I’ve never looked back.

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Just last night I was talking to my husband about how much I love cloth diapers.  I remember a time when we would buy disposables and spend $40 or so every other week.  We always hated it.  Then when our oldest daughter was about 6 months, we found out about cloth and made the switch.

It’s so great.  Not only is it easy and great for the environment, but we are saving a boat load of money.  Let’s pretend my youngest was in disposables for a second.  2.5 years @ $80/month = $2,400 in diapers that stink, don’t work well, leach chemicals on baby & will end up in a landfill.  That seems awfully expensive!

Now, let’s say that same baby had one heck of a diaper stash.  36 all-in-one diapers like these.  These are the most similar to disposables, super easy to use.  For the sake of argument, I’m going to pick a spendy cloth diaper options.  That would rack up to about $800.  Let’s say that you also need newborn diapers (most one-size diapers won’t fit newborns).  That tacks on another $500.  So we’re at what? $1300?  For the entire lifetime of these diapers.  That’s a $1,100 savings so far.  Yes, I said so far.  It gets better.  You can make back a lot of your investment.  Yes, cloth diapers are sold used, a lot!  I’m going to be on the low side and say that you’ll get 50% back.  So now you’ve spent $650 and saved $1,750 and the world a whole lot of space.  (Want to slash your diaper costs? You could get a very nice stash of prefolds and covers for under $300!)

So exactly how much space?  I’m being generous in favor of disposables here for fairness.  Let’s say that every baby is changed just about 6 times a day for a course of 2.5 years.  I don’t know about you, but most babies I know are changed much more often than ever 4 hours and I know many kids over 2.5 that are not yet using the potty.  I am also not including training pants (Pull Ups, etc.) in this example.  So what’s that look like?  I couldn’t find a good graphic, so I made one.  You might want to click on it to get a better look.  Each diaper stack is 25 diapers.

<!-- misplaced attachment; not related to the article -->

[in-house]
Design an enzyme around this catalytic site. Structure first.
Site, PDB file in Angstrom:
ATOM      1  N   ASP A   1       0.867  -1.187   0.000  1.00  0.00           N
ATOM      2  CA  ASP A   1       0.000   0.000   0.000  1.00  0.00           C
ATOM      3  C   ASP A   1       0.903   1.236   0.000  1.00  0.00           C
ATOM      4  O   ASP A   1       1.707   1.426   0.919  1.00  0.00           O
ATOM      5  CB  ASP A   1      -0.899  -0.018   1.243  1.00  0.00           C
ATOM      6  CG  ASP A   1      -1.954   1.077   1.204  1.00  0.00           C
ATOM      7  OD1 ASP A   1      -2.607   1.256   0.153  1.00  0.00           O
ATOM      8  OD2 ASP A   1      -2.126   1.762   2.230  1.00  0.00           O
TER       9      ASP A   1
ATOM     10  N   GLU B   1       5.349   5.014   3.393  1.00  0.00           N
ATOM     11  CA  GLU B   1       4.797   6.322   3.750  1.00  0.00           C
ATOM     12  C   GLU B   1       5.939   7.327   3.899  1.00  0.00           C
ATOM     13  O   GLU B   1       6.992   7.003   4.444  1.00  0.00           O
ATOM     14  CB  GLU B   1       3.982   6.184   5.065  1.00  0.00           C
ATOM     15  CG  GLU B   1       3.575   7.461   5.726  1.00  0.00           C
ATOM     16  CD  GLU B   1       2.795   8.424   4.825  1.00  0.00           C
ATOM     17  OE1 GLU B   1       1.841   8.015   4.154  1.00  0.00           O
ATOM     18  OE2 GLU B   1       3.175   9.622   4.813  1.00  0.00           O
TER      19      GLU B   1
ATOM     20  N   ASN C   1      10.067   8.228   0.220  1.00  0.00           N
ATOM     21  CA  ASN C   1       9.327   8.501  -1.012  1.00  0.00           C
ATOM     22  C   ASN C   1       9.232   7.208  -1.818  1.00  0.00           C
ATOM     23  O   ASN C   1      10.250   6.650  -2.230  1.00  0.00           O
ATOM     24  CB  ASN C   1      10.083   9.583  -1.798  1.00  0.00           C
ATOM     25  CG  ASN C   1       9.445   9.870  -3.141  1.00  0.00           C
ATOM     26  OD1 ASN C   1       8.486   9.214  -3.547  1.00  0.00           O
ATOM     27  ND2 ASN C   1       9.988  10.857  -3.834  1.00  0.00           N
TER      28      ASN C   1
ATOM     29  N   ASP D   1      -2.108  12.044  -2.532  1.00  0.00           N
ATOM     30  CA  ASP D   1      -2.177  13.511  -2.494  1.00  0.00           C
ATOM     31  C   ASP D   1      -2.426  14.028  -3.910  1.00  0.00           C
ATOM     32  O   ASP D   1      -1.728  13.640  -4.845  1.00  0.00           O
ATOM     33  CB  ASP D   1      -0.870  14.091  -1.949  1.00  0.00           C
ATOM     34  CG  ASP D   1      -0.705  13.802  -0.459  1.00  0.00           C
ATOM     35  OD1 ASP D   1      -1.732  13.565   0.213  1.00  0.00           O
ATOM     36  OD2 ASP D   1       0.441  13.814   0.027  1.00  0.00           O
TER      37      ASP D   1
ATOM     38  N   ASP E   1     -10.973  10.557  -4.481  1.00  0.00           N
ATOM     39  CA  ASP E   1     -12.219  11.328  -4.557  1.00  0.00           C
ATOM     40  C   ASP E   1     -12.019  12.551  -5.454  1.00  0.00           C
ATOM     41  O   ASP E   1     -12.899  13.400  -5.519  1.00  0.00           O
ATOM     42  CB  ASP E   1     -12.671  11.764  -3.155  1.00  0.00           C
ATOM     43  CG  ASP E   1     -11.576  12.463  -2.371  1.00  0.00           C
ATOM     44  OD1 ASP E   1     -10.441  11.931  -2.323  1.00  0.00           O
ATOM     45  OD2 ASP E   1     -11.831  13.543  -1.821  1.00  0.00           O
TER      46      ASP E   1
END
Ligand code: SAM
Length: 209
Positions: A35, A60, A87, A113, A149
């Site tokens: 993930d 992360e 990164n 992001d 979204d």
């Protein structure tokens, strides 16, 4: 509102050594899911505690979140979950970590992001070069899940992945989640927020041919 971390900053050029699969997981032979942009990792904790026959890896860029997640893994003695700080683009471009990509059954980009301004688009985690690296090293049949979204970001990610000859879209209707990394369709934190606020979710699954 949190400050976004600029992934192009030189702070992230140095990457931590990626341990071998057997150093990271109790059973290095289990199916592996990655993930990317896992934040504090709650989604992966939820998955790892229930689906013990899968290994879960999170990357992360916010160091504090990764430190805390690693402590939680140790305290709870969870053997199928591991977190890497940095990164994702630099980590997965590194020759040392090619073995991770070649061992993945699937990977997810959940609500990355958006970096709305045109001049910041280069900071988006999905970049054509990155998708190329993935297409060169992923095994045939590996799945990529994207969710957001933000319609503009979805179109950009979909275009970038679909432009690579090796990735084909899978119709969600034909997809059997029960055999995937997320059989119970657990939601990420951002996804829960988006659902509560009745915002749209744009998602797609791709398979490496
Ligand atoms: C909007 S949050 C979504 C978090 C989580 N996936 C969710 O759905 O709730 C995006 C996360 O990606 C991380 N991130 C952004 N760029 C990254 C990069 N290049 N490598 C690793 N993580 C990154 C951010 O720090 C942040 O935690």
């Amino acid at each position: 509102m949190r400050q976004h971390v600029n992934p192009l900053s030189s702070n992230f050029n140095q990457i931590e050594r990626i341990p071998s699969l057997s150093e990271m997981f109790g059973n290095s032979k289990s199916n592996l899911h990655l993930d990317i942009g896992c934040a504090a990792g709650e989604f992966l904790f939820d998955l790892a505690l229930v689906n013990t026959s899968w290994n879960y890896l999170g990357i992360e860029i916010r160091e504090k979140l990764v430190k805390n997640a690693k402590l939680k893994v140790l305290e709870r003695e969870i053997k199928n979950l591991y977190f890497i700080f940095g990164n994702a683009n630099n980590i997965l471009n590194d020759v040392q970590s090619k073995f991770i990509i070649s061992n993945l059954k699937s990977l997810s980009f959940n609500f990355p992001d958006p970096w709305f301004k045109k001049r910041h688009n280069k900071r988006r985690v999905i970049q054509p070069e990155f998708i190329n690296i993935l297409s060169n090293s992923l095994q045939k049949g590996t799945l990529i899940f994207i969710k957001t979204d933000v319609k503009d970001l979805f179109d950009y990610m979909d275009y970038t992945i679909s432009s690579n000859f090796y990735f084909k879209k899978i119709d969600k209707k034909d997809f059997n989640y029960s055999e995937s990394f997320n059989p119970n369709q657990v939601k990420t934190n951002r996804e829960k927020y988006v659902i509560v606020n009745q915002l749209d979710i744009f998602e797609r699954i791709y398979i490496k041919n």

Consider also that these diapers aren’t used yet.  Disposable diapers weigh many times their own weight when soiled, and are often wrapped in plastic (Diaper pail products, grocery bags, etc.)

If you don’t use cloth, I encourage you to consider it.  They are easy to use, easy to care for and you will be eliminating harmful chemicals from both your baby and the Earth that will be home to your child and future generations.

You may even consider a hybrid diaper option to get you started. These systems generally consist over a reusable diaper cover and the option of either a disposable insert or cloth insert.  It’s a great way to get your feet wet and give cloth a try.

Check out the posts below for some more broken down and in-depth information on the logistics of it all and answers to commonly asked questions.

To get you started, check out this Handy Printable Guide covering all of the bases.  This is great for including with shower gifts or handing out to friends and family interested in cloth.

#ClothDiapers: The Good, The Bad – The Honest
Video Overview of Diaper Types
Overview of all Cloth Diapers
How Many Do I Need
Prepping Cloth Diapers
Washing Cloth Diapers 
DIY Cloth Diaper Detergent
Stripping Diapers
What To Do With Solids 
Cloth Diapering a Newborn
Using Cloth at the Hospital
Prefold Tutorial – Pictures
Prefold Tutorial – Videos
All About Wool Covers 
Washing and Lanolizing Wool
Storing Diapers
Cloth Wipes
Night Time Diapering
No Stains – Line Drying
Selling Diapers
Snaps or Velcro?
Cloth Diaper Safe Rash Creams
Curling Velcro Tabs
No Sew T-Shirt Diapers

Want to know how the brand you’re considering stacks up?  Check out this great Cloth Diaper Spreadsheet organized by the ladies on theBump’s cloth diaper board.  There you can read reviews of all sorts of brands and even add reviews of the diapers you’ve tried!

As always, if you have any questions, please feel free to ask.  I’m happy to help 🙂  You can use the contact page, or email me.